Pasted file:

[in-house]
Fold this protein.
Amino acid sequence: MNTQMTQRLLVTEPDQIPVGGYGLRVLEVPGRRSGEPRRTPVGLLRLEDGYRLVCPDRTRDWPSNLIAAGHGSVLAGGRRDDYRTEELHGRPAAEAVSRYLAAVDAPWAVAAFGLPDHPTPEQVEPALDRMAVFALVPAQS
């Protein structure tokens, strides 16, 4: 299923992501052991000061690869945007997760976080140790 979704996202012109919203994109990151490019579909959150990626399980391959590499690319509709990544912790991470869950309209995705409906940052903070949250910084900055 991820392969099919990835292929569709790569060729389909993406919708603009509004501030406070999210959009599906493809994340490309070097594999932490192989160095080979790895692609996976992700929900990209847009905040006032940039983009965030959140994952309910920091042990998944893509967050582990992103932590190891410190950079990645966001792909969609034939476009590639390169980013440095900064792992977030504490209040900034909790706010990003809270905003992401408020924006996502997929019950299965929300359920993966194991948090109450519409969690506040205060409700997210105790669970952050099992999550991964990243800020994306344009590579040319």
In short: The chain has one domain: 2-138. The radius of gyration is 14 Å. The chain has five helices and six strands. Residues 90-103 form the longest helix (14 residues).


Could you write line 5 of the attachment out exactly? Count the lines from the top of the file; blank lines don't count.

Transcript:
In short: The chain has one domain: 2-138. The radius of gyration is 14 Å. The chain has five helices and six strands. Residues 90-103 form the longest helix (14 residues).